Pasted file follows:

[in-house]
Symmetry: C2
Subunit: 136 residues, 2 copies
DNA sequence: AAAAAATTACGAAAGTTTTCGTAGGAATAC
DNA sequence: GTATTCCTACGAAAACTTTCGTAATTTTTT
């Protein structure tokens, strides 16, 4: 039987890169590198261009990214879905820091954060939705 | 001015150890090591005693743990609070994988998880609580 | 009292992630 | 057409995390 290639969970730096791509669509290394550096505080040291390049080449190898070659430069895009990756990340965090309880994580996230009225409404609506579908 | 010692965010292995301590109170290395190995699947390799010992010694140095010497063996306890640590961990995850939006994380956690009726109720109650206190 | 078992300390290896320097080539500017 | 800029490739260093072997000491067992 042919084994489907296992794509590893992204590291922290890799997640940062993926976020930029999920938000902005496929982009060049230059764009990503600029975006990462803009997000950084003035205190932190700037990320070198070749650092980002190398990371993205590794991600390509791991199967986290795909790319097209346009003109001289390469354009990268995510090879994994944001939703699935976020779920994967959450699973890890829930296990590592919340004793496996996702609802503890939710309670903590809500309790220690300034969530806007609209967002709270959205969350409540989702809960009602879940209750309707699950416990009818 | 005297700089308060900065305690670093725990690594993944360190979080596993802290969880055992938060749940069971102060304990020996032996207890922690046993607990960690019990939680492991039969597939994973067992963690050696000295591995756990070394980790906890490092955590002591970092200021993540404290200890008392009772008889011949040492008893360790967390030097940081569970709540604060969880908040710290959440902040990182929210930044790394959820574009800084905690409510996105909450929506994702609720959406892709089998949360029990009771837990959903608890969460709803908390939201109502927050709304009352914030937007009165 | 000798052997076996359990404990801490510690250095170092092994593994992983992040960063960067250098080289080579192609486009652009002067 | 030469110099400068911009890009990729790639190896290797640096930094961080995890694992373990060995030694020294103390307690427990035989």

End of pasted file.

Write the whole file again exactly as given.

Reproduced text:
[in-house]
Symmetry: C2
Subunit: 136 residues, 2 copies
DNA sequence: AAAAAATTACGAAAGTTTTCGTAGGAATAC
DNA sequence: GTATTCCTACGAAAACTTTCGTAATTTTTT
């Protein structure tokens, strides 16, 4: 039987890169590198261009990214879905820091954060939705 | 001015150890090591005693743990609070994988998880609580 | 009292992630 | 057409995390 290639969970730096791509669509290394550096505080040291390049080449190898070659430069895009990756990340965090309880994580996230009225409404609506579908 | 010692965010292995301590109170290395190995699947390799010992010694140095010497063996306890640590961990995850939006994380956690009726109720109650206190 | 078992300390290896320097080539500017 | 800029490739260093072997000491067992 042919084994489907296992794509590893992204590291922290890799997640940062993926976020930029999920938000902005496929982009060049230059764009990503600029975006990462803009997000950084003035205190932190700037990320070198070749650092980002190398990371993205590794991600390509791991199967986290795909790319097209346009003109001289390469354009990268995510090879994994944001939703699935976020779920994967959450699973890890829930296990590592919340004793496996996702609802503890939710309670903590809500309790220690300034969530806007609209967002709270959205969350409540989702809960009602879940209750309707699950416990009818 | 005297700089308060900065305690670093725990690594993944360190979080596993802290969880055992938060749940069971102060304990020996032996207890922690046993607990960690019990939680492991039969597939994973067992963690050696000295591995756990070394980790906890490092955590002591970092200021993540404290200890008392009772008889011949040492008893360790967390030097940081569970709540604060969880908040710290959440902040990182929210930044790394959820574009800084905690409510996105909450929506994702609720959406892709089998949360029990009771837990959903608890969460709803908390939201109502927050709304009352914030937007009165 | 000798052997076996359990404990801490510690250095170092092994593994992983992040960063960067250098080289080579192609486009652009002067 | 030469110099400068911009890009990729790639190896290797640096930094961080995890694992373990060995030694020294103390307690427990035989």